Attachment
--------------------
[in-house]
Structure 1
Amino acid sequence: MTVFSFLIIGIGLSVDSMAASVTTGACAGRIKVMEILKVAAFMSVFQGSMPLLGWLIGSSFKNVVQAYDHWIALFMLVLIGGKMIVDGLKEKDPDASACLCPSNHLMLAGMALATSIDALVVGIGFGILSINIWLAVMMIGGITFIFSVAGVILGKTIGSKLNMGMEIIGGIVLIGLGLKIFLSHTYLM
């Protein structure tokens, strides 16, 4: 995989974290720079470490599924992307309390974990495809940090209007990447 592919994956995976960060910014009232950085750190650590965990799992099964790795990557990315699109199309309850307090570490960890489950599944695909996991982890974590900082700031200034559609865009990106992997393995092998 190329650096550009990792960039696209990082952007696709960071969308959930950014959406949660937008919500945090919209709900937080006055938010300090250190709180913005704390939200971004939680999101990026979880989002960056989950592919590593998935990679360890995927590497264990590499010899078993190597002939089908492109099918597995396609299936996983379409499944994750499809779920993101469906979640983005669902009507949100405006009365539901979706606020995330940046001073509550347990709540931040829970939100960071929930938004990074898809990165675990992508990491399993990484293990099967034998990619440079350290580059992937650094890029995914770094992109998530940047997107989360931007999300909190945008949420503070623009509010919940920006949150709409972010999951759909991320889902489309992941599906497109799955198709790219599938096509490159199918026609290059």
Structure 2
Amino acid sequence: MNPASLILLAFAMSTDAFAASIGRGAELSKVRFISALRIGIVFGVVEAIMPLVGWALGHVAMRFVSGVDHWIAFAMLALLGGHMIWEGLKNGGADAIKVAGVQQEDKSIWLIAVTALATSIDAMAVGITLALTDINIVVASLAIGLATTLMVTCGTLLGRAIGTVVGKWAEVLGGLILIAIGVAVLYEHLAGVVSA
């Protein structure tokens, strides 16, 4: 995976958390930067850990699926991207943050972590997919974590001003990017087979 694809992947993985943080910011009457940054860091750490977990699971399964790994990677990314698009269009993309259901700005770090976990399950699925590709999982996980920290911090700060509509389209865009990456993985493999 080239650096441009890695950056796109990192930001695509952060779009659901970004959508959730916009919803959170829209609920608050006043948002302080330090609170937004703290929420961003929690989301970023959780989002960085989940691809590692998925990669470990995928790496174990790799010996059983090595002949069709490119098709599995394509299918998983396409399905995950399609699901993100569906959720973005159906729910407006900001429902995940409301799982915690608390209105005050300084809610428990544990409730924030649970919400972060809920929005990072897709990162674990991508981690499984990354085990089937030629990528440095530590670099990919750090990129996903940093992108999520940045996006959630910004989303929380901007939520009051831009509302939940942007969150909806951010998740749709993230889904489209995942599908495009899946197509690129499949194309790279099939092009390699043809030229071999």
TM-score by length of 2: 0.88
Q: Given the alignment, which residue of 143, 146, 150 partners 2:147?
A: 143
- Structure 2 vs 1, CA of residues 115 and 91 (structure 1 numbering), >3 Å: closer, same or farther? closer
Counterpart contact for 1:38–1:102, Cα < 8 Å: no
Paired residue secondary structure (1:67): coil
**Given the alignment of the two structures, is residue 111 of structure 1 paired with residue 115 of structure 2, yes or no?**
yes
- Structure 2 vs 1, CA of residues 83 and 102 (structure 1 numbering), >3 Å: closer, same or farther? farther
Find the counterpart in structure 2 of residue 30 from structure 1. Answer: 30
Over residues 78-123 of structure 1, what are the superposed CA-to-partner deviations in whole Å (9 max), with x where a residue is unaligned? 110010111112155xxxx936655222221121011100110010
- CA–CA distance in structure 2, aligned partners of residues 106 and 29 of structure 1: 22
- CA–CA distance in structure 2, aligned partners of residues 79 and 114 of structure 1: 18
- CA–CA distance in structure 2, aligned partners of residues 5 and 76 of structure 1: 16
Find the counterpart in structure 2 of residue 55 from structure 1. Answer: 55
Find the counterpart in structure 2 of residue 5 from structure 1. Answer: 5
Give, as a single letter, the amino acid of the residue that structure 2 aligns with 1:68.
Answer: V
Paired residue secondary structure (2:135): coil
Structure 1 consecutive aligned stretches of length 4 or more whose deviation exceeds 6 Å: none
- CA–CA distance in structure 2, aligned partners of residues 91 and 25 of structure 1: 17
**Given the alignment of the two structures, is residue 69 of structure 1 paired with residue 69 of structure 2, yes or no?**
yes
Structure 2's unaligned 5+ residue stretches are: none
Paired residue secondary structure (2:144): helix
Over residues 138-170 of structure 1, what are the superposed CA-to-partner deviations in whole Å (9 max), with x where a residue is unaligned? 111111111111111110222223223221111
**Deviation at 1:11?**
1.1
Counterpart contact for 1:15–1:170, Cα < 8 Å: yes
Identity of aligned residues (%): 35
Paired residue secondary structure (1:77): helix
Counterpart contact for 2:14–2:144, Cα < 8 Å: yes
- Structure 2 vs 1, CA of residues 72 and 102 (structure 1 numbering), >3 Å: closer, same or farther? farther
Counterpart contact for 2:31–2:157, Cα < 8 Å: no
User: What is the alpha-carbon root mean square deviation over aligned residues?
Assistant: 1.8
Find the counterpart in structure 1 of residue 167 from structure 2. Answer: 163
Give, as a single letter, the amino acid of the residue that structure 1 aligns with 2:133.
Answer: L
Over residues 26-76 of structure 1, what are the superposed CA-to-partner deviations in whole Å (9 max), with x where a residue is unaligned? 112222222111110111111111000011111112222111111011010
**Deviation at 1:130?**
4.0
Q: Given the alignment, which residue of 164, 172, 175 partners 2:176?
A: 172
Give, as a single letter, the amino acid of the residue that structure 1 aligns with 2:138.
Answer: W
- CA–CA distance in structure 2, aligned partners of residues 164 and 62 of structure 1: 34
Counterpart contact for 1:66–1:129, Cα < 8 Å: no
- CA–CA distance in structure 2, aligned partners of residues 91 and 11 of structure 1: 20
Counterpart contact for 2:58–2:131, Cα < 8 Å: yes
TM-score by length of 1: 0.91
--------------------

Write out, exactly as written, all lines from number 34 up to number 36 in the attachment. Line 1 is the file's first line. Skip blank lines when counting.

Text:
**Deviation at 1:11?**
1.1
Counterpart contact for 1:15–1:170, Cα < 8 Å: yes